Youth Sports Physicals
October 26 2015 / By:
During the physical part of the exam, the doctor will usually:
- record height and weight
- take a blood pressure and pulse (heart rate and rhythm) reading
- test your child's vision
- check the heart, lungs, abdomen, ears, nose, and throat
- evaluate your child's posture, joints, strength, and flexibility
Although most aspects of the exam will be the same for males and females, the doctor may ask girls and guys different questions if they've started or already gone through puberty. For example, if a girl is heavily involved in a lot of active sports, the doctor may ask her about her period and diet to make sure she doesn't have something like female athlete triad.
A doctor will also ask questions about use of drugs, alcohol, or dietary supplements, including steroids or other "performance enhancers" and weight-loss supplements, because these can affect a person's health.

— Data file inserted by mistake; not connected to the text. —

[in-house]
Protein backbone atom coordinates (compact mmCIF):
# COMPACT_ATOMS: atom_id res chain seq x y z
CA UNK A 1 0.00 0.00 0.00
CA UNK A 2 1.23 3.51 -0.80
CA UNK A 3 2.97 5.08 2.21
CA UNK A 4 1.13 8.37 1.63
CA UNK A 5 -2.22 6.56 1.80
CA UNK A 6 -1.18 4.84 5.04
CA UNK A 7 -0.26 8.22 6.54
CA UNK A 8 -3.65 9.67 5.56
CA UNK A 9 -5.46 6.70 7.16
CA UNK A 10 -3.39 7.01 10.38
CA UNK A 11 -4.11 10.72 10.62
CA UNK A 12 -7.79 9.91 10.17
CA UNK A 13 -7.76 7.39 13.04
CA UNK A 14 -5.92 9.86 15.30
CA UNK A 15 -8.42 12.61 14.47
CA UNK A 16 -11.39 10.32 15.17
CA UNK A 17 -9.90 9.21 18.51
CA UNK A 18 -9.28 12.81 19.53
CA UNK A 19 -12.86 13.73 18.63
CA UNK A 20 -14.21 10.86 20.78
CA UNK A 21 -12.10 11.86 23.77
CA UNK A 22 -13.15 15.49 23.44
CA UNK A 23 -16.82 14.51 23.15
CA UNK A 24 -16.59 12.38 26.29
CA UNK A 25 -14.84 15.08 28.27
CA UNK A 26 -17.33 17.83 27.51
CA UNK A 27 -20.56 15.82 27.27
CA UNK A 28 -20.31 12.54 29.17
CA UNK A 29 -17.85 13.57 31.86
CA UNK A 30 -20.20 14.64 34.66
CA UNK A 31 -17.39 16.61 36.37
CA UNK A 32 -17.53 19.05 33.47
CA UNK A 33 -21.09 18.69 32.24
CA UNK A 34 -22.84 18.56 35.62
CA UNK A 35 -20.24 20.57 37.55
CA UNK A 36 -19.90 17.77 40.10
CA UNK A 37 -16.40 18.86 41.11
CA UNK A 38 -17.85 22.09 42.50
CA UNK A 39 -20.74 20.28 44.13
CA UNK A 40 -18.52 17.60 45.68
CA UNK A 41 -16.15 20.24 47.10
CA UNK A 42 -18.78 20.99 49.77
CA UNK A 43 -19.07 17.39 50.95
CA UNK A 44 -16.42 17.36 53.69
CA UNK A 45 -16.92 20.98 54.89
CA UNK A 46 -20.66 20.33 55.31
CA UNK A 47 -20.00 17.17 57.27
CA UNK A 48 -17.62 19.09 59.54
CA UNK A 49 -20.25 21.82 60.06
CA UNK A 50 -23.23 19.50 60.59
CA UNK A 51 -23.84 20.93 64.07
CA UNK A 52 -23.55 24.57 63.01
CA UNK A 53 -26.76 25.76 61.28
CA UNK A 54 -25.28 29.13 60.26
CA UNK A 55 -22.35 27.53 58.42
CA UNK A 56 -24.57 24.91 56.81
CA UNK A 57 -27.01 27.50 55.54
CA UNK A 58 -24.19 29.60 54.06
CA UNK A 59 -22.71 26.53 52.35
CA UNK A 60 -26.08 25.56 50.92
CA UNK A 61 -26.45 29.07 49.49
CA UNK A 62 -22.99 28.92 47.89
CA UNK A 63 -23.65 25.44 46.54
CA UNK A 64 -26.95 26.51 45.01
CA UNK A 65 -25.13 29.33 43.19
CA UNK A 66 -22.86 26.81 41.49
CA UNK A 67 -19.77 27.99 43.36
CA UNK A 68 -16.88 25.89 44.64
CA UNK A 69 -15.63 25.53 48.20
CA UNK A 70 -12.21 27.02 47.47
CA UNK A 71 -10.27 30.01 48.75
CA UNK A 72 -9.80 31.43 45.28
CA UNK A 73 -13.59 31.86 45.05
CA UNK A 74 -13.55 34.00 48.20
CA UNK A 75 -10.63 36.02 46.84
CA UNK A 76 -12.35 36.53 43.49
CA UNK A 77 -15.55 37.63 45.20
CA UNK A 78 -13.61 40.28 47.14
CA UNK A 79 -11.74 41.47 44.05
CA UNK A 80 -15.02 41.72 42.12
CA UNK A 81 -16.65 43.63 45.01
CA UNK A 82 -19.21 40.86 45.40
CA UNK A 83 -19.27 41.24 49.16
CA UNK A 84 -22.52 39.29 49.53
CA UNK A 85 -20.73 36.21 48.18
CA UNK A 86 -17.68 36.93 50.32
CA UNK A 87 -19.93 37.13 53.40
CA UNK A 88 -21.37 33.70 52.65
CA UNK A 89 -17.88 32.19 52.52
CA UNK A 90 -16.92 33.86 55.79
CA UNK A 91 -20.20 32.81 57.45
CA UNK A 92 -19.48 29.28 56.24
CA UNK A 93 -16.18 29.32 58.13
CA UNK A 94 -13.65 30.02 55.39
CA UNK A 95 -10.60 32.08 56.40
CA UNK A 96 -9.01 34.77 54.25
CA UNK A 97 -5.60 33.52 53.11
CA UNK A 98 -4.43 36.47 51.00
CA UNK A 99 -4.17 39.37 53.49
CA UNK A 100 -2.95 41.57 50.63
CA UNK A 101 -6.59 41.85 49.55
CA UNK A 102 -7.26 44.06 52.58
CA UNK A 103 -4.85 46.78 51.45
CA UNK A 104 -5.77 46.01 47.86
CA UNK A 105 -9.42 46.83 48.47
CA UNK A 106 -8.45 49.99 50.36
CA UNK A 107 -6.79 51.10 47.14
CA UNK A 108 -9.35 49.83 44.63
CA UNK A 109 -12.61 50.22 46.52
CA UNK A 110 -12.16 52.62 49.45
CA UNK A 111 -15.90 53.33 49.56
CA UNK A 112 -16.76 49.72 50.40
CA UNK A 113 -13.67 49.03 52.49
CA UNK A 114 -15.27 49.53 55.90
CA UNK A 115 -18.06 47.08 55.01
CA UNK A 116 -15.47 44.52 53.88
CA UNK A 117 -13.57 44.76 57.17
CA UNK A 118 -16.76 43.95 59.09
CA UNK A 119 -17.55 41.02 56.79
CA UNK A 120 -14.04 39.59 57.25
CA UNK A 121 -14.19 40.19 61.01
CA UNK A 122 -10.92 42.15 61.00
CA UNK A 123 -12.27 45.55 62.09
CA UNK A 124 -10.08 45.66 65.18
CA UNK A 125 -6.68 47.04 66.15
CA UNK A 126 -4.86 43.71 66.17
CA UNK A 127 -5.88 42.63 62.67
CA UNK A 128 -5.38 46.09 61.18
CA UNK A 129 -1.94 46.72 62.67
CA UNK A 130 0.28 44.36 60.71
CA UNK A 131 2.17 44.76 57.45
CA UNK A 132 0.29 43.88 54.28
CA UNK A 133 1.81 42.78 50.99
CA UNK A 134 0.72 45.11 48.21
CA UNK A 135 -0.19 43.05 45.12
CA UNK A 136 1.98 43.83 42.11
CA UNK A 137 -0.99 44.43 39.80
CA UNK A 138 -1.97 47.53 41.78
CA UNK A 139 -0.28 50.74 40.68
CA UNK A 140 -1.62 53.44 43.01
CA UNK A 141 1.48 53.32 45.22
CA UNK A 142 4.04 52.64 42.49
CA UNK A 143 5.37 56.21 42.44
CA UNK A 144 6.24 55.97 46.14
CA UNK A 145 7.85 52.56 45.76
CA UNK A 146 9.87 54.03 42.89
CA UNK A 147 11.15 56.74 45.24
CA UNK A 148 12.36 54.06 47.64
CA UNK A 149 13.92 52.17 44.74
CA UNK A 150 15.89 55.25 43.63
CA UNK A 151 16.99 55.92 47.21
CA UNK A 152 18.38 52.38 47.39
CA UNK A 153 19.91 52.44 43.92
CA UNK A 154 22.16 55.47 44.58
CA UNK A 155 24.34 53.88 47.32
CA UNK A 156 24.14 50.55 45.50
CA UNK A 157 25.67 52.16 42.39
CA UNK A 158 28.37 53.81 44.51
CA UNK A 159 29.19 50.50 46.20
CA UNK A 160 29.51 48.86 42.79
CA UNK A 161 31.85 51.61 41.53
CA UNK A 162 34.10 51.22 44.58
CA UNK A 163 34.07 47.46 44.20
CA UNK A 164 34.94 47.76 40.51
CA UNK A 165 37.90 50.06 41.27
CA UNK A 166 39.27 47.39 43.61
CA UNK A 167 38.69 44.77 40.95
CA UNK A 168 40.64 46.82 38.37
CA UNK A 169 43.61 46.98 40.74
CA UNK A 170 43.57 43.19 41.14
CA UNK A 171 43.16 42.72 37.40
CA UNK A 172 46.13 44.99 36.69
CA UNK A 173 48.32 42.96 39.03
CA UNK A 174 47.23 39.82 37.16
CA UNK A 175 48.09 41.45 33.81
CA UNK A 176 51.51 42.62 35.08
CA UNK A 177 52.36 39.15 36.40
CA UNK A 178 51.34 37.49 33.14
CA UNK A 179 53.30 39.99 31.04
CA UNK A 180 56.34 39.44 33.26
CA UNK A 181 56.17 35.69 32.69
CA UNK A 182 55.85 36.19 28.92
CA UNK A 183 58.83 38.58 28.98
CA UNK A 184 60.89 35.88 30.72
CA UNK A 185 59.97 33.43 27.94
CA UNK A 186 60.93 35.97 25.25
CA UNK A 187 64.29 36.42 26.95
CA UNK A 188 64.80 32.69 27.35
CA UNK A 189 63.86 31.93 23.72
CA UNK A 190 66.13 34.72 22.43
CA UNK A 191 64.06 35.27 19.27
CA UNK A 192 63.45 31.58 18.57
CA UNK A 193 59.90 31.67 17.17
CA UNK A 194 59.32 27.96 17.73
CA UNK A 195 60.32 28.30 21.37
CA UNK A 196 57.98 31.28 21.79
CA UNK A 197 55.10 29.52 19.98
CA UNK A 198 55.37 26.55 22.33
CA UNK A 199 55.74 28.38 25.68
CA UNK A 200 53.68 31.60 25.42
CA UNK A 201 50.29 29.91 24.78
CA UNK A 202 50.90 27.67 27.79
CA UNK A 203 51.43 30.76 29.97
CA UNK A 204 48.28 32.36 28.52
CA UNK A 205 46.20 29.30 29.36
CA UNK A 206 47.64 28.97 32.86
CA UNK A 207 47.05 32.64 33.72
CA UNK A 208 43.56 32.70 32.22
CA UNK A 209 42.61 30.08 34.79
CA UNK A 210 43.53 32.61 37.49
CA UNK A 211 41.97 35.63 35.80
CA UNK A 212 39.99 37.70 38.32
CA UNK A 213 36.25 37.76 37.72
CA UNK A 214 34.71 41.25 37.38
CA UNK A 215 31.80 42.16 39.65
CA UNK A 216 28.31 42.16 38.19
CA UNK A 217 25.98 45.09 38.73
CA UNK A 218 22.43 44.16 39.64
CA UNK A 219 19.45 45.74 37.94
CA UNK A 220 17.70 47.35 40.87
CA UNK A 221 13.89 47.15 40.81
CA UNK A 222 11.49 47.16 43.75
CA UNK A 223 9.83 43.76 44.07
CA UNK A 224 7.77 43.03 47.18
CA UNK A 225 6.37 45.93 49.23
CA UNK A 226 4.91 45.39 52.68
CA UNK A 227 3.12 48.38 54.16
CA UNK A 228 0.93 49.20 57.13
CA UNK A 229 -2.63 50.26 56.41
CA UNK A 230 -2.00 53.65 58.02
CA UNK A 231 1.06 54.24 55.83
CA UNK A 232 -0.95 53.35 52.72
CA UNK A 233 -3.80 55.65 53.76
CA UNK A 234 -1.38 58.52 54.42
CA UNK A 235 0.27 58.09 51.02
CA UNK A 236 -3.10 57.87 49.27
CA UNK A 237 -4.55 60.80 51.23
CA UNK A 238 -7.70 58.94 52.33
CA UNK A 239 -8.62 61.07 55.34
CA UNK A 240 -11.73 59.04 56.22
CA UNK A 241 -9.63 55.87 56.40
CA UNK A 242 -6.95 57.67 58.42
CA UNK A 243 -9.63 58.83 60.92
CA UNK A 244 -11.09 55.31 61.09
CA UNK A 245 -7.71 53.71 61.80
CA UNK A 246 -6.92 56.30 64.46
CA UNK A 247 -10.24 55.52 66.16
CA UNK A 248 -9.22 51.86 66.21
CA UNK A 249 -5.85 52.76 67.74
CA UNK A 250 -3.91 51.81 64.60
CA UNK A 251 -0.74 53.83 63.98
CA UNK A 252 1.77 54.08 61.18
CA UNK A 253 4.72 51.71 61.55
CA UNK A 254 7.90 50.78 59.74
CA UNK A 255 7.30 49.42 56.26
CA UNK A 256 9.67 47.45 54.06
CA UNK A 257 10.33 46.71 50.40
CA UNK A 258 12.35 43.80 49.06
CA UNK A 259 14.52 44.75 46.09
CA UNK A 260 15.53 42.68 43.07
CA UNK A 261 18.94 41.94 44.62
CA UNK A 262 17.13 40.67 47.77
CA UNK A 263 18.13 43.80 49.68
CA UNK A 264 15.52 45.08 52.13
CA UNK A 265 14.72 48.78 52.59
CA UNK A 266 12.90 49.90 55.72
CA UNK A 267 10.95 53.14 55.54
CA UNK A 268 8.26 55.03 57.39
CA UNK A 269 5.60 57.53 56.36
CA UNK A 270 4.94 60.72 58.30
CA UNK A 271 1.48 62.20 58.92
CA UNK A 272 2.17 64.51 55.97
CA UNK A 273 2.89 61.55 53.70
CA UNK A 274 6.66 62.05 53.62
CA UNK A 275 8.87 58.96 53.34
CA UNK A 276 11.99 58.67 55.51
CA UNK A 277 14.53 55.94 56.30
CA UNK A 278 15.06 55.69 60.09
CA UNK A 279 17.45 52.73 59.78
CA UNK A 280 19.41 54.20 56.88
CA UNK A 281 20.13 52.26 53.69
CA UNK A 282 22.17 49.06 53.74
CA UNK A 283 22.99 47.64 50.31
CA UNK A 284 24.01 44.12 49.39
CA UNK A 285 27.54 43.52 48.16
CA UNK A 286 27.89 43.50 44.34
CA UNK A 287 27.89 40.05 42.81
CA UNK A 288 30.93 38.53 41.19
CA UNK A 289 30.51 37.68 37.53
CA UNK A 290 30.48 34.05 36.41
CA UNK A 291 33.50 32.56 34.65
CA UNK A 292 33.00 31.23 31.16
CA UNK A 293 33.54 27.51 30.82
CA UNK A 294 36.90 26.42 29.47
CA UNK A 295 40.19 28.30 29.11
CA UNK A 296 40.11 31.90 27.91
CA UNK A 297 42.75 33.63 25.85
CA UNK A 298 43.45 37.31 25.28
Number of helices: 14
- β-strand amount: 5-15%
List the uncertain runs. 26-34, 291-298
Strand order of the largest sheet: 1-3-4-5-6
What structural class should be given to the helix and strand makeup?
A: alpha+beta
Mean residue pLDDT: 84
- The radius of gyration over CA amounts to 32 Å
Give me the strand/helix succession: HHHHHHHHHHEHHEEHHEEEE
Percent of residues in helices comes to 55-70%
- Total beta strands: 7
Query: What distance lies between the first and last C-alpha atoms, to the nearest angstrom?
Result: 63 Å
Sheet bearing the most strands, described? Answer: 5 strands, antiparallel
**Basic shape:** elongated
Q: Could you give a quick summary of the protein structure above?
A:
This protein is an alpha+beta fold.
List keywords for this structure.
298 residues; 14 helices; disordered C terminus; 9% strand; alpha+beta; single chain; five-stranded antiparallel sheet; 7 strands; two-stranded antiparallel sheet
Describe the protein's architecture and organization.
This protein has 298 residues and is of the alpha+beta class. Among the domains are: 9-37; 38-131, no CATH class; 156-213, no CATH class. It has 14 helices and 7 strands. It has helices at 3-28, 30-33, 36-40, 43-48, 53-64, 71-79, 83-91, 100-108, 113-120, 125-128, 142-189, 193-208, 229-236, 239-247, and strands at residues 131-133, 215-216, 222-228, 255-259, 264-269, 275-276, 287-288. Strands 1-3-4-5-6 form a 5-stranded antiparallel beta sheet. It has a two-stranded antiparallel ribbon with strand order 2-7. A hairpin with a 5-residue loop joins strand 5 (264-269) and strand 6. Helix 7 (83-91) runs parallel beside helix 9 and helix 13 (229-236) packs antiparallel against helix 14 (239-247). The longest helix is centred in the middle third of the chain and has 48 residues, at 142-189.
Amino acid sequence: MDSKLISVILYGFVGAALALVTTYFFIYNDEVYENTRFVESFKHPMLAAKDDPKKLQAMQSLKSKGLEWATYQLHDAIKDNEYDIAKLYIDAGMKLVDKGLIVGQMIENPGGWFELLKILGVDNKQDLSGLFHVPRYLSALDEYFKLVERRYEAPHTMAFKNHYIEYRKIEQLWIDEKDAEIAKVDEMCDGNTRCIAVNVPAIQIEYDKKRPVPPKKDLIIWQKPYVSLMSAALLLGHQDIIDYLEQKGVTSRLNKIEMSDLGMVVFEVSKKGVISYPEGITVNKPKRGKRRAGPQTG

At the end of the exam, the doctor will either fill out and sign a form if everything checks out OK or, in some cases, recommend a follow-up exam, additional tests, or specific treatment for medical problems.
Why a Sports Physical Is Important
A sports physical can help athletes find out about and deal with health problems that might interfere with their participation in a sport. For example, for a kid who has frequent asthma attacks but is a starting forward in soccer, a doctor might be able to prescribe a different type of inhaler or adjust the dosage for easier breathing during running.
The doctor may even have some good training tips and be able to give athletes some ideas for avoiding injuries; for instance, recommending specific exercises, like certain stretching or strengthening activities, that help prevent injuries. A doctor also can identify risk factors that are linked to specific sports. Advice like this will make kids better, stronger athletes.